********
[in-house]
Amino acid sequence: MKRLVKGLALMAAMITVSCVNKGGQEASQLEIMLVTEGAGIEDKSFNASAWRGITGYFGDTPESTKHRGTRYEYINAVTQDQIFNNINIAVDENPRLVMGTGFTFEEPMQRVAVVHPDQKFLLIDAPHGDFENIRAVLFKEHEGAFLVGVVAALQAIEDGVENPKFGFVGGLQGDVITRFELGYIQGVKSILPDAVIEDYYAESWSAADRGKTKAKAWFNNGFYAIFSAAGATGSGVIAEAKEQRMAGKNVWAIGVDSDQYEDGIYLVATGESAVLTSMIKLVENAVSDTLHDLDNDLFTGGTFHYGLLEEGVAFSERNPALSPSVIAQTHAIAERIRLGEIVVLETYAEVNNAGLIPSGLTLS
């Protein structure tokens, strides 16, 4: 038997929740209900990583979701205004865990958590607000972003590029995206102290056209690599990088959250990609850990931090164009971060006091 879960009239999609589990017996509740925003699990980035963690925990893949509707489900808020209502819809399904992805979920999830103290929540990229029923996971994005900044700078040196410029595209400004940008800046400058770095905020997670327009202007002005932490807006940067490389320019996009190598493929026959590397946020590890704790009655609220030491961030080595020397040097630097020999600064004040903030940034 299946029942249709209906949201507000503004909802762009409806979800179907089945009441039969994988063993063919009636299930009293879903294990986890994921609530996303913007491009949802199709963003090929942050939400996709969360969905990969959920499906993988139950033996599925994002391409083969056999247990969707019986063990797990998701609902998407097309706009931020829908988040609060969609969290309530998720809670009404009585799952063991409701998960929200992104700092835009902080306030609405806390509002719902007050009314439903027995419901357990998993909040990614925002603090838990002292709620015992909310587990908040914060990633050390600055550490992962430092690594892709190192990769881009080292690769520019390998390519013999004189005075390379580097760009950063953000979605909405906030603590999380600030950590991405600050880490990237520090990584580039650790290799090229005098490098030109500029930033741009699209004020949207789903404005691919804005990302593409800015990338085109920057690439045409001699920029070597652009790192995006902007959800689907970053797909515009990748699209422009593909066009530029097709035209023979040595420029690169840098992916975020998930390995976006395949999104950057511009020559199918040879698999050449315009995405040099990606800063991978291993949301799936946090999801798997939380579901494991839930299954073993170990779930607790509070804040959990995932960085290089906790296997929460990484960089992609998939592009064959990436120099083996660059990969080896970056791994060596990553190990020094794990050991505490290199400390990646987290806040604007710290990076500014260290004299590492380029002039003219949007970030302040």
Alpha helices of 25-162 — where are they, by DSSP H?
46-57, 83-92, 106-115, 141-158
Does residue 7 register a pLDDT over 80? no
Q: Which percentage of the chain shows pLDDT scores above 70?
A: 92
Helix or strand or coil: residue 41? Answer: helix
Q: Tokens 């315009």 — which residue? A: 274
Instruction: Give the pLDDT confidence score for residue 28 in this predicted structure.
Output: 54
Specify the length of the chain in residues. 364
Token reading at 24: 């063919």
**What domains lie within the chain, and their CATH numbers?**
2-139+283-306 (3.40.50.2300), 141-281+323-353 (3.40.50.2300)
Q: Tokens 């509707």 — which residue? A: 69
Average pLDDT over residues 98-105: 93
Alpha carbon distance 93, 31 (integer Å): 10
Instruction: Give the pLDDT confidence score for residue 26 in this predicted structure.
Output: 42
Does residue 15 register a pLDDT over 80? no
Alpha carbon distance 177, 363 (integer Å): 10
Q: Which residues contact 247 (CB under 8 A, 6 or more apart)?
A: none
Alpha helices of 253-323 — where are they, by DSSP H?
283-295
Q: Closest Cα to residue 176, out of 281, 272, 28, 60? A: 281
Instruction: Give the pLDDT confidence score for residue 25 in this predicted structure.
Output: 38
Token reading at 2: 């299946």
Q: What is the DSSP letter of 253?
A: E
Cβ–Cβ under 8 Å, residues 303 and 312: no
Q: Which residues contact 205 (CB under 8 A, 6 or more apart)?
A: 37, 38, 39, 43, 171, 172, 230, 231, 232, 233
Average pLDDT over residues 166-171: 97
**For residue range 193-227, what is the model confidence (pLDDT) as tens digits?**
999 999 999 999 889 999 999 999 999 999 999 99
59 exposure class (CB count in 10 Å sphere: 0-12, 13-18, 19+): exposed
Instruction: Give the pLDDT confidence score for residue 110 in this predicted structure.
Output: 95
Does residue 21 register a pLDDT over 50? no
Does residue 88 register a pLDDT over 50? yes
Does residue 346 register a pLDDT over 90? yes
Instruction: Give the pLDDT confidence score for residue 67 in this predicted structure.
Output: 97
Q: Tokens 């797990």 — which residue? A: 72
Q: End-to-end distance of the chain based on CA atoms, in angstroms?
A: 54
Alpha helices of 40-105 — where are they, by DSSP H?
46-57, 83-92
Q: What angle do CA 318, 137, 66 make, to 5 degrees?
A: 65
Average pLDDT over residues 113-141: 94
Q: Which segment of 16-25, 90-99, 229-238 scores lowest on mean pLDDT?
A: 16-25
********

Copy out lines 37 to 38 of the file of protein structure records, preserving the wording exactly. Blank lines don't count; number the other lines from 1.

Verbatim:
Average pLDDT over residues 166-171: 97
**For residue range 193-227, what is the model confidence (pLDDT) as tens digits?**